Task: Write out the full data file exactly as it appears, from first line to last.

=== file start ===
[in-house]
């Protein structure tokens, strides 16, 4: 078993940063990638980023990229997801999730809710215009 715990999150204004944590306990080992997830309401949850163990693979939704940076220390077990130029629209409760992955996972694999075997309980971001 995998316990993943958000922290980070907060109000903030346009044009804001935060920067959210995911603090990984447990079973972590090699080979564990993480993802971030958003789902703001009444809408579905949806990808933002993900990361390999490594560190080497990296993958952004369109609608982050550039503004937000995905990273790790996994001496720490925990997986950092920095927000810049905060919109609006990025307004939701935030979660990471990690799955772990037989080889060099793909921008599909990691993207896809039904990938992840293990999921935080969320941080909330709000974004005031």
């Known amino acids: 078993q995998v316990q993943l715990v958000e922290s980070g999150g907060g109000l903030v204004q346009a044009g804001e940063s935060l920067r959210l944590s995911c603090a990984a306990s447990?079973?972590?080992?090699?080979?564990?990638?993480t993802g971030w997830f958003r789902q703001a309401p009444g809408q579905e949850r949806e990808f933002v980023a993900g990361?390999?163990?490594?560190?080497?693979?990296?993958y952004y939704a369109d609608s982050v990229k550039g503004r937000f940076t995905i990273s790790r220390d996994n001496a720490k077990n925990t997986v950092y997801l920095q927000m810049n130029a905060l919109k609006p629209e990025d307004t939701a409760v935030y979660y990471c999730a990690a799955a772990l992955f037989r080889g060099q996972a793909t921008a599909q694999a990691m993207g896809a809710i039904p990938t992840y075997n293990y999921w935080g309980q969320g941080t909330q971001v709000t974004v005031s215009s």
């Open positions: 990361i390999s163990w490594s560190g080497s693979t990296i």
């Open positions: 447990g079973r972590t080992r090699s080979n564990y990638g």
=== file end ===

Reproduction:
[in-house]
């Protein structure tokens, strides 16, 4: 078993940063990638980023990229997801999730809710215009 715990999150204004944590306990080992997830309401949850163990693979939704940076220390077990130029629209409760992955996972694999075997309980971001 995998316990993943958000922290980070907060109000903030346009044009804001935060920067959210995911603090990984447990079973972590090699080979564990993480993802971030958003789902703001009444809408579905949806990808933002993900990361390999490594560190080497990296993958952004369109609608982050550039503004937000995905990273790790996994001496720490925990997986950092920095927000810049905060919109609006990025307004939701935030979660990471990690799955772990037989080889060099793909921008599909990691993207896809039904990938992840293990999921935080969320941080909330709000974004005031």
């Known amino acids: 078993q995998v316990q993943l715990v958000e922290s980070g999150g907060g109000l903030v204004q346009a044009g804001e940063s935060l920067r959210l944590s995911c603090a990984a306990s447990?079973?972590?080992?090699?080979?564990?990638?993480t993802g971030w997830f958003r789902q703001a309401p009444g809408q579905e949850r949806e990808f933002v980023a993900g990361?390999?163990?490594?560190?080497?693979?990296?993958y952004y939704a369109d609608s982050v990229k550039g503004r937000f940076t995905i990273s790790r220390d996994n001496a720490k077990n925990t997986v950092y997801l920095q927000m810049n130029a905060l919109k609006p629209e990025d307004t939701a409760v935030y979660y990471c999730a990690a799955a772990l992955f037989r080889g060099q996972a793909t921008a599909q694999a990691m993207g896809a809710i039904p990938t992840y075997n293990y999921w935080g309980q969320g941080t909330q971001v709000t974004v005031s215009s």
């Open positions: 990361i390999s163990w490594s560190g080497s693979t990296i």
């Open positions: 447990g079973r972590t080992r090699s080979n564990y990638g």